The parent of a 12-month-old patient called my office recently and talked to one of my nurses. I had put the infant on antibiotics the previous day for an ear infection, and the baby woke up with a rash. The parent asked if we should diagnose the baby with an amoxicillin allergy and switch her to a different antibiotic. The answer was no. Instead, I saw the baby and determined she had a heat rash from the fever that had accompanied the ear infection.
It is difficult to diagnose drug allergies for a number of reasons. First, children commonly get rashes from viral infections and other causes (fever, insect bites, etc). Second, allergic reactions can manifest themselves with a variety of skin findings, some of which are hard to “pin down” as being allergic in nature. Third, most drug allergies can not be diagnosed by skin testing.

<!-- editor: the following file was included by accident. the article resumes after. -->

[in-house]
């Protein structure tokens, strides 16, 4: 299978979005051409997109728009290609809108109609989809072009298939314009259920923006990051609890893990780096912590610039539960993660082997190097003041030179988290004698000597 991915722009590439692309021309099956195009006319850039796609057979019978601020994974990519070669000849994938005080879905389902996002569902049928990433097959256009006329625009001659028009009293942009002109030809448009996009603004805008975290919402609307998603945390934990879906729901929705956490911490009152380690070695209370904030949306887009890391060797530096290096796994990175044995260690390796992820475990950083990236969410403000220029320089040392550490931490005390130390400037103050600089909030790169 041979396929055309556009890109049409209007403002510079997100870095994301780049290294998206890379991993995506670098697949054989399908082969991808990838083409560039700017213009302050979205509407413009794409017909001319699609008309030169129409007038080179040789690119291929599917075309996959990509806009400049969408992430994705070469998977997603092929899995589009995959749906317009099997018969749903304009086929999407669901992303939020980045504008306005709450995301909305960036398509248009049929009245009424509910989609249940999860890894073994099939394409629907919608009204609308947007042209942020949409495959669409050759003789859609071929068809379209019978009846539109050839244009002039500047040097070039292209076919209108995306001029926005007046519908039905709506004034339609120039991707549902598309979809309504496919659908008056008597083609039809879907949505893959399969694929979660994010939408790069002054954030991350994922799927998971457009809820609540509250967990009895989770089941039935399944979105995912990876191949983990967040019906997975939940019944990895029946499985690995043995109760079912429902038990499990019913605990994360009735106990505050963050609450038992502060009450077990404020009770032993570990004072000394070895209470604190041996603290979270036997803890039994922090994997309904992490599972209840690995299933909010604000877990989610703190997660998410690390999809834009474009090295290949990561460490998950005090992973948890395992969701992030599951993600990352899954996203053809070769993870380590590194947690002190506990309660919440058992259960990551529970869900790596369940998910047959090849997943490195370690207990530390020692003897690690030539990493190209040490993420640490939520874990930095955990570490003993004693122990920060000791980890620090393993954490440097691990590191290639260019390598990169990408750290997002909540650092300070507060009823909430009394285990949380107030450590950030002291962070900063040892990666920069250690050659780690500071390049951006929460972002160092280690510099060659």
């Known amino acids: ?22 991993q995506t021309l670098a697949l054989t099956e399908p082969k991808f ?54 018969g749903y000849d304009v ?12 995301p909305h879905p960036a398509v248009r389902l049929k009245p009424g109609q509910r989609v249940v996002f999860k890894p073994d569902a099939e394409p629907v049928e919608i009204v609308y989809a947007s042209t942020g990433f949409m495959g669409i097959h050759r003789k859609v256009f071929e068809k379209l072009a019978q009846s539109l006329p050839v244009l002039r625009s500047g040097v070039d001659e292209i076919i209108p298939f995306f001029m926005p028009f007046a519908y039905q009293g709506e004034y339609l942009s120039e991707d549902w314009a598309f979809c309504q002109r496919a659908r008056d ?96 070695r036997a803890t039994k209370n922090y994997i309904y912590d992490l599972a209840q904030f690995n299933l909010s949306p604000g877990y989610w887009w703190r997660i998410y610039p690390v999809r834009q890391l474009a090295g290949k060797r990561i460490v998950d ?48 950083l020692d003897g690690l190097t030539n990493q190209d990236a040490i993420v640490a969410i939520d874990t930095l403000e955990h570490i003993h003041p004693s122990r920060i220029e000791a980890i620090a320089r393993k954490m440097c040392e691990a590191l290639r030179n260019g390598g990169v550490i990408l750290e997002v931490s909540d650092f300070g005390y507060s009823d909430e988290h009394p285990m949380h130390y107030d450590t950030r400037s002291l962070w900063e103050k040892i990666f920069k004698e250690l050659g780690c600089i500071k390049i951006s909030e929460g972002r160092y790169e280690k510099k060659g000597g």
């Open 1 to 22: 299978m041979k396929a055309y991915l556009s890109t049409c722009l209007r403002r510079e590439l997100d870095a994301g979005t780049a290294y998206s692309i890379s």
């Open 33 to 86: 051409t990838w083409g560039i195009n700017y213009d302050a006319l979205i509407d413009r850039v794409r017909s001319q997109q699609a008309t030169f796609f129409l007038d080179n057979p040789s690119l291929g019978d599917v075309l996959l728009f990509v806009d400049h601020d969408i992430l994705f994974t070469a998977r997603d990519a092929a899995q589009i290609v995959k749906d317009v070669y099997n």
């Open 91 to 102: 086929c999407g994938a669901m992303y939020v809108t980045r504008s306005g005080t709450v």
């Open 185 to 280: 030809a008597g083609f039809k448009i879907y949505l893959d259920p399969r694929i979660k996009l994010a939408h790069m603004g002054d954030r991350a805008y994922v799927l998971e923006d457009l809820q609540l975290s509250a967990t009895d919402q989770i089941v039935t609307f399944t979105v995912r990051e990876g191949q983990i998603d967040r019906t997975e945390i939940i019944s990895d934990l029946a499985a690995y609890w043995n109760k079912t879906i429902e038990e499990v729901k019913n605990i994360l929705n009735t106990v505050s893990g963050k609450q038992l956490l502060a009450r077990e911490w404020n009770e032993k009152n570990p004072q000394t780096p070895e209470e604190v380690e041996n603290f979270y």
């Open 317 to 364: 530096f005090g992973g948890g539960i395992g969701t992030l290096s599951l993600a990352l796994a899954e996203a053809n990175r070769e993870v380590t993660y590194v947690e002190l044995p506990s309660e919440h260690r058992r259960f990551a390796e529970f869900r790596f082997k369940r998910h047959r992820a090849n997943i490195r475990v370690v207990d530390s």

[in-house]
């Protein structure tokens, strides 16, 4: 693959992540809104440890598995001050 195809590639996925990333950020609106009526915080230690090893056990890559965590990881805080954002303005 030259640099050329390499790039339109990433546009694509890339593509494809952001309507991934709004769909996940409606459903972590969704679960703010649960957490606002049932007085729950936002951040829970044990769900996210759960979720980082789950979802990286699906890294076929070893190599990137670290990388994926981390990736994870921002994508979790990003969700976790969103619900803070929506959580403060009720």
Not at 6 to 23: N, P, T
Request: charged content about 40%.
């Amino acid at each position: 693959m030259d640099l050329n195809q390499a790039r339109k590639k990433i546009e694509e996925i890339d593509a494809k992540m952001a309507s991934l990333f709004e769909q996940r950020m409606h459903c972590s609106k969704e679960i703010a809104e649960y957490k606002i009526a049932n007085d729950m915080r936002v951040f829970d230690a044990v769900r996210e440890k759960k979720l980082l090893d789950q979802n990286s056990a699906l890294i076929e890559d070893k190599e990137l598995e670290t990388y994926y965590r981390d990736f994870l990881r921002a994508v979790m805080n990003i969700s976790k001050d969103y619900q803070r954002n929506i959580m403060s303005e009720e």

Over the years, I have seen a number of patients who were diagnosed with a drug allergy based on a phone conversation. This is not a good idea for two reasons. First, it is difficult to describe a rash over the phone. Second, given the importance of labeling a child as being allergic to a medication, doctors should have all the facts before making this determination.
Unfortunately, real life can complicate this process. Unless a child is having a severe reaction, it is problematic to send the family to an emergency room in the middle of the night to be assessed for a possible drug reaction. When you see the child the following morning, the rash may have disappeared or faded so much that it is impossible to make a diagnosis. However, because most people have cell phones days, taking pictures of the rash when it was at its worst may help in this situation.
If your child develops a rash while taking an antibiotic (or other medication), she should be seen to confirm or “rule-out” an allergic reaction. If your healthcare provider attempts to make a phone diagnosis, you should insist that the child be seen.